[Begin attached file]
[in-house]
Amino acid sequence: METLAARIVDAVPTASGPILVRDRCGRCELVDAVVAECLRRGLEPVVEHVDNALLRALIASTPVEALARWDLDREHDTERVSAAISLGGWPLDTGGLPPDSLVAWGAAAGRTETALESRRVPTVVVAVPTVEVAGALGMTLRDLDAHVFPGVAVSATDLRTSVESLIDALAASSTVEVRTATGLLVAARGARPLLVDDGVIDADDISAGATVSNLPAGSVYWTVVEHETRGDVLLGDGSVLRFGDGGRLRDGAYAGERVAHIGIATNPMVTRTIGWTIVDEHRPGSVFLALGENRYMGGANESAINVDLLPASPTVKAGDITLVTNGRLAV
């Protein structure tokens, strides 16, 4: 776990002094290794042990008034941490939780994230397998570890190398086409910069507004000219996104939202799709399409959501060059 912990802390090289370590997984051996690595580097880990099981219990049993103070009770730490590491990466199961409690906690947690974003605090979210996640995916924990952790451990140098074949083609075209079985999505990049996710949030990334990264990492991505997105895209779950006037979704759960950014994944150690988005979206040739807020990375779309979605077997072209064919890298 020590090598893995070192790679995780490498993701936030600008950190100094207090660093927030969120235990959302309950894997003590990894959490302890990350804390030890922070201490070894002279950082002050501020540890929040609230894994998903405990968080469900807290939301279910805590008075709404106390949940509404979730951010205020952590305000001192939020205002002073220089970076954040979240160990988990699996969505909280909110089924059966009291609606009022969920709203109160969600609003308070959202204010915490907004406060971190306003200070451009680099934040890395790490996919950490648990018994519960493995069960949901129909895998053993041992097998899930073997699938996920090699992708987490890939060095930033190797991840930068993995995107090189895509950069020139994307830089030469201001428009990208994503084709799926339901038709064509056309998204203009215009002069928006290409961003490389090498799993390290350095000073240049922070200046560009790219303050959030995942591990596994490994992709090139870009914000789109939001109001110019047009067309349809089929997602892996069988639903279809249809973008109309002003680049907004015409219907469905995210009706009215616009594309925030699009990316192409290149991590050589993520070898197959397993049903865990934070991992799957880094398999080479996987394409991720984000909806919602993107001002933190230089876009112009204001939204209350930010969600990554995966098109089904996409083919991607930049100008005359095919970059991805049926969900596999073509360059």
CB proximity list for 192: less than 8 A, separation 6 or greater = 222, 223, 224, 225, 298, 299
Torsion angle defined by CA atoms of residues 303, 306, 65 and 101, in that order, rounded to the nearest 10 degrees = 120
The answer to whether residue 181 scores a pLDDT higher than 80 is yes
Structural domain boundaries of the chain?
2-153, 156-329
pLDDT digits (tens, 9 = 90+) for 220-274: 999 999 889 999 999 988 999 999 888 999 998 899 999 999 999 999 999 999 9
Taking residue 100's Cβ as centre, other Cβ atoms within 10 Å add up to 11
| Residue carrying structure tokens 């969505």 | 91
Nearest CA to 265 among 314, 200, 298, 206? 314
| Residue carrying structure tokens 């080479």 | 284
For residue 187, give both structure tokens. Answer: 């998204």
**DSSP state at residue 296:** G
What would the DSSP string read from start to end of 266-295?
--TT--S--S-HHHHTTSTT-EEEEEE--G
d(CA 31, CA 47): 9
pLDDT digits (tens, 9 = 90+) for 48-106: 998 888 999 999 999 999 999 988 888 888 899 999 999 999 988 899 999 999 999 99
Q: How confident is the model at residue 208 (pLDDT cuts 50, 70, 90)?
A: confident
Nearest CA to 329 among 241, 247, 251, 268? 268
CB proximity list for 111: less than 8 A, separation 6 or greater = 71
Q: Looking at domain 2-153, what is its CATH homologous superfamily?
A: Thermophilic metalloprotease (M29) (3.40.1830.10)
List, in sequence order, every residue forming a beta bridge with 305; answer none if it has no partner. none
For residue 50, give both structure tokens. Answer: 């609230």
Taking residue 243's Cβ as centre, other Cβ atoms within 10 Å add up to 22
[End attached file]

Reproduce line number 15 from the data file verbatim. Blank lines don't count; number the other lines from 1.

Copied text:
**DSSP state at residue 296:** G